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Feature: Why We Stopped Passing the Offering Plate

by Dennis Sawyer, pastor, Philadelphia Church, Chicago

"You forgot to take the morning offering again, Pastor," said head usher Dick Ford in a rather bewildered tone. (He was also a deacon and a trustee.) It was true. Nearly a year into my first pastorate, I was still, on occasion, forgetting to pause for the collection of tithes and offerings.

Now and then I was spared embarrassment when an anxious usher would frantically wave his money from behind the last pew or hand me a note just before I started the morning message. The problem was mine. I had grown up hearing non-Christians say, "All the church wants is your money." When I opened my mailbox or turned on a Christian broadcast, I had to agree that money seemed paramount in the kingdom of God.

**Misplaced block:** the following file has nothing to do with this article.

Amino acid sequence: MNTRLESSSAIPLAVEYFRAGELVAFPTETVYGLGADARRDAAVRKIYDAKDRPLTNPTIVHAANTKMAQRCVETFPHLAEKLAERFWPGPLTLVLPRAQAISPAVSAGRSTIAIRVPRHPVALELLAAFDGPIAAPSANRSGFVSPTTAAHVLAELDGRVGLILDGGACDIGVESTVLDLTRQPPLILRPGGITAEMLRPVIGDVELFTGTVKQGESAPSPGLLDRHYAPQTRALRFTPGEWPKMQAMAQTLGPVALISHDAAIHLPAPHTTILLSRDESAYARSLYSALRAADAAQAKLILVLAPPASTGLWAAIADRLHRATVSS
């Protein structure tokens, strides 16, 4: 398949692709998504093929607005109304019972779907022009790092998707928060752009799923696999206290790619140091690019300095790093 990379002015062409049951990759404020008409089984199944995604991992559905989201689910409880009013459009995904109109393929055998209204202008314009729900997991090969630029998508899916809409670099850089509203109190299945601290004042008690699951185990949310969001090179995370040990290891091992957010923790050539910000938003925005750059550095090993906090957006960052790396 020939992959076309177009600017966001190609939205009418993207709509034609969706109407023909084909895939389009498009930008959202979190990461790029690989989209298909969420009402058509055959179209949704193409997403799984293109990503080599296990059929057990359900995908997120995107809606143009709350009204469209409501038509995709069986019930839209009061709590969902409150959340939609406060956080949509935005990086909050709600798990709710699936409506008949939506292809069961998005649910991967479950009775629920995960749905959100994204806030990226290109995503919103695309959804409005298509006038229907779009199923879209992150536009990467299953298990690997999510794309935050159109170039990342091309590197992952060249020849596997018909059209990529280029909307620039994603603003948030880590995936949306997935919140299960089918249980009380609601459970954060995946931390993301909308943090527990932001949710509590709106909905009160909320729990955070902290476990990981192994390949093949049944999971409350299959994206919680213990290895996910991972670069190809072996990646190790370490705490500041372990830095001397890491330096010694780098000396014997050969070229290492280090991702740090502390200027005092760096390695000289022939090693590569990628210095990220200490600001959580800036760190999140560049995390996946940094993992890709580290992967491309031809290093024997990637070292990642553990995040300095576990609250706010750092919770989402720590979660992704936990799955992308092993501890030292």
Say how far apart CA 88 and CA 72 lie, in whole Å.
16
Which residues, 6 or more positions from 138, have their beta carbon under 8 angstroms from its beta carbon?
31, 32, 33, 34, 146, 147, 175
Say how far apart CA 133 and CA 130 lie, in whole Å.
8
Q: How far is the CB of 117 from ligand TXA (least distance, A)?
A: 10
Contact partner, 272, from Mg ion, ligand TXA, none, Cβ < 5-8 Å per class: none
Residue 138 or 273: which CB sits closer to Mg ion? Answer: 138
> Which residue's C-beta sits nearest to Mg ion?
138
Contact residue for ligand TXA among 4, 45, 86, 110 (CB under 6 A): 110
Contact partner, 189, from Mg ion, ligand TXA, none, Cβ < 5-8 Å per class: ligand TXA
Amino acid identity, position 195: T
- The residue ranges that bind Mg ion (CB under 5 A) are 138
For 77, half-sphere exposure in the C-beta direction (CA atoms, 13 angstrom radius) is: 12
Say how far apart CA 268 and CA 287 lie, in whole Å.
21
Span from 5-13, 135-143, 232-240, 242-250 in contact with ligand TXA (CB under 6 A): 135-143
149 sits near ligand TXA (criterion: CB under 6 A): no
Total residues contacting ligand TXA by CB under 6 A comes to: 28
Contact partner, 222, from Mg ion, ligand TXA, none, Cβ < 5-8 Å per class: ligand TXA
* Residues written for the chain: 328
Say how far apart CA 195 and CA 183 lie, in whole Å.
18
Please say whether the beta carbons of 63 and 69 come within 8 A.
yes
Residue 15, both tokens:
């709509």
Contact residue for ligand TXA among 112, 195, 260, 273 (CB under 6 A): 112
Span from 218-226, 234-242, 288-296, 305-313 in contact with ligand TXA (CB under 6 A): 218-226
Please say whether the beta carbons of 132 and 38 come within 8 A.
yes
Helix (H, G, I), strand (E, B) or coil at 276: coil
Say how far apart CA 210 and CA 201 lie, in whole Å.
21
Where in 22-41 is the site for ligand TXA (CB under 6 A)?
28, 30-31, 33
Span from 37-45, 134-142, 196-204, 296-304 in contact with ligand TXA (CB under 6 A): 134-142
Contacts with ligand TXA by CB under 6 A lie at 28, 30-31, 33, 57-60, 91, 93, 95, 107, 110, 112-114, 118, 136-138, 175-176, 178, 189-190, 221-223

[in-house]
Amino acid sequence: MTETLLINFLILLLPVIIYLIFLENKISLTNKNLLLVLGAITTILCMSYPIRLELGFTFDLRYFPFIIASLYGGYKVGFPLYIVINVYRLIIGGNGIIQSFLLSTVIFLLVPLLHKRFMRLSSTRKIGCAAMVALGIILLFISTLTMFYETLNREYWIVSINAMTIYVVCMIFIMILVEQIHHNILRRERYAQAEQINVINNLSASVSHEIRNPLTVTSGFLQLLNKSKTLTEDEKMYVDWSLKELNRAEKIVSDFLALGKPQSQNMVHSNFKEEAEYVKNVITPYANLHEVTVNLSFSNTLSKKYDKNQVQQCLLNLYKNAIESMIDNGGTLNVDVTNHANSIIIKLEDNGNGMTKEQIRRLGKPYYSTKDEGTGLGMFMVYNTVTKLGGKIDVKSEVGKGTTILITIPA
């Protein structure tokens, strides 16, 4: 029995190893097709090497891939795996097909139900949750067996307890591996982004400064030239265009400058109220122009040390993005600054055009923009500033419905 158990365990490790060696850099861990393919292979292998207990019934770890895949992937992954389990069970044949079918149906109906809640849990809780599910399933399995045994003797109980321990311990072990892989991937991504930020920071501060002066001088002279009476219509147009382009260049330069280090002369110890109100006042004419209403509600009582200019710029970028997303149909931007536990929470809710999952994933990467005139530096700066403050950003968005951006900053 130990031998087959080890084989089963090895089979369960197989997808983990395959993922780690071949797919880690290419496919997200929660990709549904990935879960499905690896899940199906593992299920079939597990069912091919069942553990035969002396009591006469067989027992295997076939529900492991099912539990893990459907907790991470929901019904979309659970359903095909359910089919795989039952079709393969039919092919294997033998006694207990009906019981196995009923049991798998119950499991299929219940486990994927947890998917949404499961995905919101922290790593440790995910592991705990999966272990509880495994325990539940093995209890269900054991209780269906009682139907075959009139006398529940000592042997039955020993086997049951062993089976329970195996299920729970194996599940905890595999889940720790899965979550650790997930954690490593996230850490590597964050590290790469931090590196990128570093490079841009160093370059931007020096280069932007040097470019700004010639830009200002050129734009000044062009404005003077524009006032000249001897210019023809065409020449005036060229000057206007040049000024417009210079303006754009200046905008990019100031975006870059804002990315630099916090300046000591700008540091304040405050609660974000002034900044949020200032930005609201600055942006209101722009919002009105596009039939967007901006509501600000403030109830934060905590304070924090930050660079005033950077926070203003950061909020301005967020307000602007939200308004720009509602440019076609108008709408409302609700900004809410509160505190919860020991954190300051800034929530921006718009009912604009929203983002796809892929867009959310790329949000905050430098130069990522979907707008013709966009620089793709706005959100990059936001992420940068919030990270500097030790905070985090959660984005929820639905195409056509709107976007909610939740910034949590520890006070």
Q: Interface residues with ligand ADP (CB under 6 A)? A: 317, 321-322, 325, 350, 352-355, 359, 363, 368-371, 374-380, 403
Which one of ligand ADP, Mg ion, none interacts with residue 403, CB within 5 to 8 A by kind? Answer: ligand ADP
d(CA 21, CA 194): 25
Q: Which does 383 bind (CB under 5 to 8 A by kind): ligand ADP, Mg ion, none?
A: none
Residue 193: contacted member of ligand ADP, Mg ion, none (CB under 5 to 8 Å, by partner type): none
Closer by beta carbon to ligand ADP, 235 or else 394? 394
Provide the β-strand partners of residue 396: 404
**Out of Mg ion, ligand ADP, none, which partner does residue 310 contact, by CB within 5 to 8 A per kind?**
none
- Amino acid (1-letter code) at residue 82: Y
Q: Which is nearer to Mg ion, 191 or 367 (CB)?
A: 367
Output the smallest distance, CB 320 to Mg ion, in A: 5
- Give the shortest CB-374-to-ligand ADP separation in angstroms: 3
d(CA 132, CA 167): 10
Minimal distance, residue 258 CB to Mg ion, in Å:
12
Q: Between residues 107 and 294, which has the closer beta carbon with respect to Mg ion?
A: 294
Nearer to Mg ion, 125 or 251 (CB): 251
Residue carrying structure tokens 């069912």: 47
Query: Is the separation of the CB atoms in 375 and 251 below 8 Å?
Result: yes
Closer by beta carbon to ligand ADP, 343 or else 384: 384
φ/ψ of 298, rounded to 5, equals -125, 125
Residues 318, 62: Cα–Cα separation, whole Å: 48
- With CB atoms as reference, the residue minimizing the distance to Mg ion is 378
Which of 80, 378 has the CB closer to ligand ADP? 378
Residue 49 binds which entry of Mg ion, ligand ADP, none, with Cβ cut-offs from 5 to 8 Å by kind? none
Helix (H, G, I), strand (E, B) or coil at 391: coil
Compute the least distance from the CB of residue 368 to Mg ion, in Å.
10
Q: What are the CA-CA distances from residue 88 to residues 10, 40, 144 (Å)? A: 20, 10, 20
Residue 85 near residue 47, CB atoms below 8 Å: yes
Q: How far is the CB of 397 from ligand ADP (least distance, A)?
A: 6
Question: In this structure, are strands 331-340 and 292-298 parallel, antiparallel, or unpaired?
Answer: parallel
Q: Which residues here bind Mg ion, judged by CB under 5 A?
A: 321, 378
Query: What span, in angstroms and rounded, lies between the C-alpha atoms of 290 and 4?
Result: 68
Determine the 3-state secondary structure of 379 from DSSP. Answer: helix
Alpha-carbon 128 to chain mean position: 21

Besides, the offering just didn't seem to fit anywhere. We were seeing a spiritual awakening in that small coastal Oregon town of 500. The Sunday morning attendance had grown from 200 to 300 during the year, with a special sense of God's presence in each service. To pause and take an offering seemed tangential. We tried taking it at the beginning of the service, and people thought we seemed too anxious to get their money. In the middle of the service, it interrupted the flow, and at the end it interfered with the altar call or concluding challenge of the message.

At the peak of frustration, while preparing a sermon on tithing from Malachi 3:10, I was pierced by the words "Prove me now, saith the Lord of Hosts." A series of questions deluged my mind:

Could God provide for our financial needs without our passing the plate?

Does the worship of giving have to occur at ajwed moment betwen 11:00 and 12:15 Sunday mornings?

If we freed ourselves from passing the plate, could we better use that ...

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